In no particular order, options on the list for me were:
- Linksys NSLU2 (aka SLUG), about £55 plus a USB hard disk.
- Buffalo Linkstation, about £100.
- Netvoyager LX1000, about £100 plus a USB hard disk.
- Netvoyager LX1010, about £150 plus a USB hard disk.
about £200£247.93 inc delivery & VAT.
- TinyTuxbox, starting at £200 upwards.
- Mac Mini, starting at £400 upwards.
- Self-build small form factor such as nano-itx or pico-itx, about £180 upwards. Best bang for your buck starts with the D201GLY2 mini-itx board from Intel.
EDIT (suggestions from comments, with my thanks):
- Pico PC, about £440 (thanks to Joel Wright, a colleague at IBM).
- Aleutia E2 Mini PC, about £200 plus a USB disk (thanks to Mike Rosenberg of Aleutia).
- Tranquil T7 Atom PC, about £240 (something I just found).
- Viglin MPC-L, about £79 (from Tony Whitmore)
- Space Cube, about £1500 and not for sale (from Dave Conway-Jones, a colleague at IBM)
All have clear advantages and weaknesses I wont go into in detail for each box. However, they can roughly be grouped into cheaper solutions as provided by a hacked NAS box, or more expensive PC style systems. Some go straight out of the list on price alone, such as the relatively expensive Mac (I don't understand the Mac fad, single vendor lock-in, haven't we seen that somewhere before?).
I decided to plump for the cheapest of all the options, the SLUG. I figure that even though it has a slow processor and only 32MB memory it does have a fighting chance of running SqueezeCenter to power the Squeezebox Duet based on the reports of other users running SlimServer on it. If all else fails, there are plenty of people at work looking for low power solutions who may be willing to buy a 2nd hand SLUG should I want to upgrade anyway.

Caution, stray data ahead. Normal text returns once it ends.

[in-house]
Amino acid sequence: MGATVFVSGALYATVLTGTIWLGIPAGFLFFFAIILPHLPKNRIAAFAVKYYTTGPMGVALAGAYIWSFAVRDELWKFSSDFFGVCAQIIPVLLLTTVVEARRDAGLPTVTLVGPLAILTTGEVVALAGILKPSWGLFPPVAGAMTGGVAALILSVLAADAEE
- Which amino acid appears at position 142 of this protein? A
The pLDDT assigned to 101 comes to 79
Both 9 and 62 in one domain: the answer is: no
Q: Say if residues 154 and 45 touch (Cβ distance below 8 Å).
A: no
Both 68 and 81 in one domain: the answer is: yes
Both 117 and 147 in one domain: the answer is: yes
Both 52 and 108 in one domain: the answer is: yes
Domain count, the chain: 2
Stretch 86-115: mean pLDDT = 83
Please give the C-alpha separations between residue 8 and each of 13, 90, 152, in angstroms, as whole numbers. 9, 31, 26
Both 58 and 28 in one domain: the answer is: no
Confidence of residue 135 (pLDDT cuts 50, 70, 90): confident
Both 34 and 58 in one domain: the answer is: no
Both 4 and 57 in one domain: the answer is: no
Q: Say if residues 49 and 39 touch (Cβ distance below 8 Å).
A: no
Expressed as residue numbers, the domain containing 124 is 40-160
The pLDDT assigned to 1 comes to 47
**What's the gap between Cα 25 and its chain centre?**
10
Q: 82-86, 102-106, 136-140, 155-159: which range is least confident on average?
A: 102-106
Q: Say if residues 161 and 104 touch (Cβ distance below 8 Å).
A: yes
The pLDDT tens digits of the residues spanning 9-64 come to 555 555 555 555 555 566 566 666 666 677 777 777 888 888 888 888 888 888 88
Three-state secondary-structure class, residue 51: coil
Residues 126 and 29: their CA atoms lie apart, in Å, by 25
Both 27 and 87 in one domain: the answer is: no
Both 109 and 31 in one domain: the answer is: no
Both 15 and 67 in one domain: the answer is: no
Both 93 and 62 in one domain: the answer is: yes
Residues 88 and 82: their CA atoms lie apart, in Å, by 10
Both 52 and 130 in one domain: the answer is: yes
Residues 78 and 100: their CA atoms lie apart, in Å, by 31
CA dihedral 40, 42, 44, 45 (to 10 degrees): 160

The SLUG is a very well-known device in the land of hackery. It can easily be modified to run any one of several different versions of Linux that maintain different levels of compatibility with the original Linksys firmware and interface. It's purpose in life when released (back in 2004 I think) was as a cheap NAS box that simply provides a USB to Ethernet interface. The idea being you plug a cheap USB hard disk into it, configure via the simple web interface, and you have storage you can access from anywhere on your home network. Because Linksys made the device cheap, naturally their choice of operating system was a free one, Linux. The Linux license dictates Linksys had to make their source code available, hence it's easy to modify the original software for your own purposes. The rest follows from there really!